For many, the XIII Winter Olympic Games will stand out as one of the greatest defining moments in US sports history.

The 1980 games marked the second time the Winter Olympics were held in the small village of Lake Placid, located in upstate New York. The Adirondacks were taken over by 1072 athletes from 37 nations, and the games kicked off on February 13th.

In front of the home crowd, the US Olympians took home a total of 12 medals, including Eric Heiden's unprecedented five gold medals, a new record for individual gold won at a single Olympic game.

Although impressive, it wasn't Heiden's medals that shocked the athletic world. The US win over the long-dominant and heavily-favored Soviets in the the event that became known as "The Miracle on Ice " would go down as the greatest sports moment of the century.

What was it about this event that made is so miraculous? To begin with, the US team entered the games seeded seventh out of twelve teams which qualified for the games. After a surprising start with a 2-2 tie against Sweden followed by a 7-3 victory against a very powerful Czechoslovakia team, the American team finished 4 and 0 with 1 draw to advance them to the medal round.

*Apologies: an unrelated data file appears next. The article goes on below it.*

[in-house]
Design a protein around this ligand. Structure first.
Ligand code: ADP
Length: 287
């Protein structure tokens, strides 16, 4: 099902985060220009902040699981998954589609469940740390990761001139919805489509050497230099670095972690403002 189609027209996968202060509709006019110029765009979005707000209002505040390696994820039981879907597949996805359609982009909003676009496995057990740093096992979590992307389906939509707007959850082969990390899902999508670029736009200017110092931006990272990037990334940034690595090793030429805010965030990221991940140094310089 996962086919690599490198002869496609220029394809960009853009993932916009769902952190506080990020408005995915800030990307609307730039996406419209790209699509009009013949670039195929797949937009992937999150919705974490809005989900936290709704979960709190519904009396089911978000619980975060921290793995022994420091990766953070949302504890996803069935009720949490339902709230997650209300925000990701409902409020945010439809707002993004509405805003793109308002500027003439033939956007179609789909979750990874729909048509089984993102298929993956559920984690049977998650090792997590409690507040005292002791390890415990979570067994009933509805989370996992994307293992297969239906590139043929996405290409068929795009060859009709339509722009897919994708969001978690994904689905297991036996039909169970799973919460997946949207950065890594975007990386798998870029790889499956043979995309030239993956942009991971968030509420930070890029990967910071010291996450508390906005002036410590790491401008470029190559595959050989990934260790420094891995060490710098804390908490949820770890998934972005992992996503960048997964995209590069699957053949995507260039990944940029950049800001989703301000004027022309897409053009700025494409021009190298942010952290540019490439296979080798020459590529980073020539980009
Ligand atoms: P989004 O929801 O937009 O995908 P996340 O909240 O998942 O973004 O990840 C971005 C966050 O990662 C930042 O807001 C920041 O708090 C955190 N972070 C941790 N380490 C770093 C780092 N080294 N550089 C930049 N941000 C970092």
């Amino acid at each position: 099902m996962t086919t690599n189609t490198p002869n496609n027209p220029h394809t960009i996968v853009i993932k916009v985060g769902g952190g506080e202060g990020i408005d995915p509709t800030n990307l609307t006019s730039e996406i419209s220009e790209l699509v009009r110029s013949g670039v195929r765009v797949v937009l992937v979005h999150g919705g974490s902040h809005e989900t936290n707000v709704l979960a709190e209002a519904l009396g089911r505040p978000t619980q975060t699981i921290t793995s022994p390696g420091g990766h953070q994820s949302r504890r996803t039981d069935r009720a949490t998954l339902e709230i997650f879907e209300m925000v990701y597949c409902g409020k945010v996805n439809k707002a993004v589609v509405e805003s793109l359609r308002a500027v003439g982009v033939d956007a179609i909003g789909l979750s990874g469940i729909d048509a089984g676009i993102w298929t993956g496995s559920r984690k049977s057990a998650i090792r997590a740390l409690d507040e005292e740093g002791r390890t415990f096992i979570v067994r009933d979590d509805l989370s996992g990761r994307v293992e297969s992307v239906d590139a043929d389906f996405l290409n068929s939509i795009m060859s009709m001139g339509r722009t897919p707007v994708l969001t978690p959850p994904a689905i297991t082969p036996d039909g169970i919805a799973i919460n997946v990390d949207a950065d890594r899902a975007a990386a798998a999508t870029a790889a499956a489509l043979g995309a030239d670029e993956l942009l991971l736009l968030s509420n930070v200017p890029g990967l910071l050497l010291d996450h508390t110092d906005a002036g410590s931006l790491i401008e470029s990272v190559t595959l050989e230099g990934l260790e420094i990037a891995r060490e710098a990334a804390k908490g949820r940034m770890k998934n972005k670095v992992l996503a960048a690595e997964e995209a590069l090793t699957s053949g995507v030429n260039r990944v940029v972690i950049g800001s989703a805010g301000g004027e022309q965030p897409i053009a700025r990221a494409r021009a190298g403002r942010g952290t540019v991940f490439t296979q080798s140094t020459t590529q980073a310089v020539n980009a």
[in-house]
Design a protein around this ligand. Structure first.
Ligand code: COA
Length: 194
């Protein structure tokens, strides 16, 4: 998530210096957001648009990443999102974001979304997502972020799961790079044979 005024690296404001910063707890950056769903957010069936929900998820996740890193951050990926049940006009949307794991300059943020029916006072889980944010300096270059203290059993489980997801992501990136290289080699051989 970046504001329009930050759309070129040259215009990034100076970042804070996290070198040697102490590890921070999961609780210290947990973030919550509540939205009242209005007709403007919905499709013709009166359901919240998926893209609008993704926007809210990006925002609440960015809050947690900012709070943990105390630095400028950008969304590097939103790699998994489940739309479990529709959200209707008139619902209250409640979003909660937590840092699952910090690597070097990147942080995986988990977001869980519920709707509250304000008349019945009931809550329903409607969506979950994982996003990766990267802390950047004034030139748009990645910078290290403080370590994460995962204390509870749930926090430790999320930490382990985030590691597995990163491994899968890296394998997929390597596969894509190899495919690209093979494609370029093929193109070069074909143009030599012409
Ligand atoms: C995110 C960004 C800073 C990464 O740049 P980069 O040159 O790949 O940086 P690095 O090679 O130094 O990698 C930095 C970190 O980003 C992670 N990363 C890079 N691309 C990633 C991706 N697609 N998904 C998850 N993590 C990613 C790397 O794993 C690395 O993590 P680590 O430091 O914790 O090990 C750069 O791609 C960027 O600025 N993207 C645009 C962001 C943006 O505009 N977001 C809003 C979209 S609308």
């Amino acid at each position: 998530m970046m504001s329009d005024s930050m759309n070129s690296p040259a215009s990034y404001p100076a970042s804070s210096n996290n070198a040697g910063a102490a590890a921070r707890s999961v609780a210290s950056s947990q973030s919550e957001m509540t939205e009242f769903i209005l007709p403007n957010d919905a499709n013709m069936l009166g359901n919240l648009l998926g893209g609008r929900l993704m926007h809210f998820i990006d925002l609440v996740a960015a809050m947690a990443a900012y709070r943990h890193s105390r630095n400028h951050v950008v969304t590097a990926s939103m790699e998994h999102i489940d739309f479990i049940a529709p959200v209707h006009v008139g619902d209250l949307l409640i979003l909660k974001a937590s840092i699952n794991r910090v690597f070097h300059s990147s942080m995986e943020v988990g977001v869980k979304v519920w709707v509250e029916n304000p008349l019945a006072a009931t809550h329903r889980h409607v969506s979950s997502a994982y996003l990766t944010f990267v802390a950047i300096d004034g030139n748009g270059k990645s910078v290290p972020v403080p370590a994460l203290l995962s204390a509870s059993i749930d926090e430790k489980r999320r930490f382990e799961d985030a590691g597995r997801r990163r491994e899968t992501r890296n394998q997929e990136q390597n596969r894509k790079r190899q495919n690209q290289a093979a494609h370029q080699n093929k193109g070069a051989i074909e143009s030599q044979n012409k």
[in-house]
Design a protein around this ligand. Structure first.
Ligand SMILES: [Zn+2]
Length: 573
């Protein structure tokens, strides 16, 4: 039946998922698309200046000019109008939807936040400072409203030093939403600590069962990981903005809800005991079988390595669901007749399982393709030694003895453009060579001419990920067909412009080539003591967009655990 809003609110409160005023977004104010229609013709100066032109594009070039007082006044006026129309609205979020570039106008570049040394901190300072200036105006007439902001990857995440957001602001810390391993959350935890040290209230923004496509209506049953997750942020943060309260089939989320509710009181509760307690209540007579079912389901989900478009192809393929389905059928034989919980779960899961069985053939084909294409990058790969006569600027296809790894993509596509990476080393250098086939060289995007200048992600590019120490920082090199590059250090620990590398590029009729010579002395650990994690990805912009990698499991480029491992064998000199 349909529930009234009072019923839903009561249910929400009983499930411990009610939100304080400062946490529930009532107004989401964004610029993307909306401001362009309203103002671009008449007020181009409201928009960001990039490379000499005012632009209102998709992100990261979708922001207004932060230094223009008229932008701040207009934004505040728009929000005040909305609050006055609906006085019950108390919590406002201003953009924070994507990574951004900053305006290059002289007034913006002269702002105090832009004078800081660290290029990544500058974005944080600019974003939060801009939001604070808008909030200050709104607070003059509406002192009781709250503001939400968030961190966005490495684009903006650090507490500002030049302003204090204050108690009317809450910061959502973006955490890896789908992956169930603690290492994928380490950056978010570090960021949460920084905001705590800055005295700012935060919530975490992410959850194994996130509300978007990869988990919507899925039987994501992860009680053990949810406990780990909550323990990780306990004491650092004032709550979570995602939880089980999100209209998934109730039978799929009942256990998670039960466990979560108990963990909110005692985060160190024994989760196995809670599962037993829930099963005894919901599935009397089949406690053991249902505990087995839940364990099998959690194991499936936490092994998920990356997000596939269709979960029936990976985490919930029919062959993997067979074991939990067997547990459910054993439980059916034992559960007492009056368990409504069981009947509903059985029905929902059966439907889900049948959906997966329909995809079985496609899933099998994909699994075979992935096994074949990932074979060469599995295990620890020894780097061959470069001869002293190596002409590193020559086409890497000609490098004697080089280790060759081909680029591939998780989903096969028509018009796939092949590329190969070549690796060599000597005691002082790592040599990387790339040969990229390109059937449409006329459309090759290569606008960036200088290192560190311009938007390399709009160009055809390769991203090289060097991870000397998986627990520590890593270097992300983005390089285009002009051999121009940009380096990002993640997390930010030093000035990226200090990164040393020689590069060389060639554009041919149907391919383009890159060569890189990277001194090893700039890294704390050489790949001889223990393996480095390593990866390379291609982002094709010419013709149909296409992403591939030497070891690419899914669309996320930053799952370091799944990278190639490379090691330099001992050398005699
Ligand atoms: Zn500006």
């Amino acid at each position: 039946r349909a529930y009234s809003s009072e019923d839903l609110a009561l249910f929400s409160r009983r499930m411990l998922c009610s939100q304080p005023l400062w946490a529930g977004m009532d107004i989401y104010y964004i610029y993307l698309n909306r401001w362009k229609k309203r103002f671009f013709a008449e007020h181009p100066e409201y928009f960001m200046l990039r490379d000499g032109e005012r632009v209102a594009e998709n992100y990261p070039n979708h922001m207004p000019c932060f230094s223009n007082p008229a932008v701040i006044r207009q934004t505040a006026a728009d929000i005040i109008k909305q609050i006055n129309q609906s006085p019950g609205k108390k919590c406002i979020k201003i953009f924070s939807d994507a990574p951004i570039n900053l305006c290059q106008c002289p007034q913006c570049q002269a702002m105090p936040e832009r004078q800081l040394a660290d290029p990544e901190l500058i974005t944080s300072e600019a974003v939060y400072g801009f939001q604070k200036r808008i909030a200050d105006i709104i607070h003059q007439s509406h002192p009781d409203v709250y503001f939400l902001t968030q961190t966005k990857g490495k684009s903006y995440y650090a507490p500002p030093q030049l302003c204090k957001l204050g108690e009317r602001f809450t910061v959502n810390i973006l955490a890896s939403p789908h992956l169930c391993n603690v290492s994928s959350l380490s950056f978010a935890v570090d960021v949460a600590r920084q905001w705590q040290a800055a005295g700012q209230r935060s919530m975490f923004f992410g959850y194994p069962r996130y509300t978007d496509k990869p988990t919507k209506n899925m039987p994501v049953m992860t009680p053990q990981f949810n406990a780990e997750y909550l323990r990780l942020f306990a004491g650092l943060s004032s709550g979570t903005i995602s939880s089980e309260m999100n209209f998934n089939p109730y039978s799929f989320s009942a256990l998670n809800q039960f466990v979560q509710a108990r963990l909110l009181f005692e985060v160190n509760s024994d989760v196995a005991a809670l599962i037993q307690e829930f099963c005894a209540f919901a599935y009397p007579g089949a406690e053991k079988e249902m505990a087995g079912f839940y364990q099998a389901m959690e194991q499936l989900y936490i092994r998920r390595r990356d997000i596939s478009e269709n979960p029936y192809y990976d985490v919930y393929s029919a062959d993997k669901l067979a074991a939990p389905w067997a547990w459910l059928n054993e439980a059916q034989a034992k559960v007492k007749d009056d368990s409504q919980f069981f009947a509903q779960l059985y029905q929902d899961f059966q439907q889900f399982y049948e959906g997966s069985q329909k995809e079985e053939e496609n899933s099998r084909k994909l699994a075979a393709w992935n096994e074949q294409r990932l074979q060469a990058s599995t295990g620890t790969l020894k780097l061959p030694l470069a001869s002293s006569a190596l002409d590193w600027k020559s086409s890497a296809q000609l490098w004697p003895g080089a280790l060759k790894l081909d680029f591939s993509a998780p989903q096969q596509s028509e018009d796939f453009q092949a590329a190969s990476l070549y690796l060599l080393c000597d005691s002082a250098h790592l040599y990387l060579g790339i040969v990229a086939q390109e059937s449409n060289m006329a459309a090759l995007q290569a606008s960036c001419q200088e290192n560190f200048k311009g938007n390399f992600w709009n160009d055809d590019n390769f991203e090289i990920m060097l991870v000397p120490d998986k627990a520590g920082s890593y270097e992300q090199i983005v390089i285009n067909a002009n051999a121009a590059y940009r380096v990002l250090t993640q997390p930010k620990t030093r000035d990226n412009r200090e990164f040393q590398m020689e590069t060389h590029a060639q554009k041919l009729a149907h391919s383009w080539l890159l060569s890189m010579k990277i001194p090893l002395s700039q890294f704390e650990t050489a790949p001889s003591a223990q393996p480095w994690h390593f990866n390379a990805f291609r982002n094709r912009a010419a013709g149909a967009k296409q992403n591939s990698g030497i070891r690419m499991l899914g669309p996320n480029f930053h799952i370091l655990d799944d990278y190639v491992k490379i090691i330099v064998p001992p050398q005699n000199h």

Composed of collegiate and amateur athletes, the US team was up against the well-developed and legendary players of the Soviets who had won the gold in the past four Olympics. On top of their Olympic triumphs, the Soviets beat the US team 10-3 in a exhibition match earlier that month.

Tied 2-2 after the first period, the Soviets brought in the only goal for the second period. Mark Johnson's goal in the third brought the US back. With ten minutes left to the game, Mike Eruzione scored the famous fourth and winning goal and with Jim Craig's solid play at the net the US team defeated the Soviets 4-3.

If you listen closely, you may still be able to hear the chants; "U.S.A. ... U.S.A!!"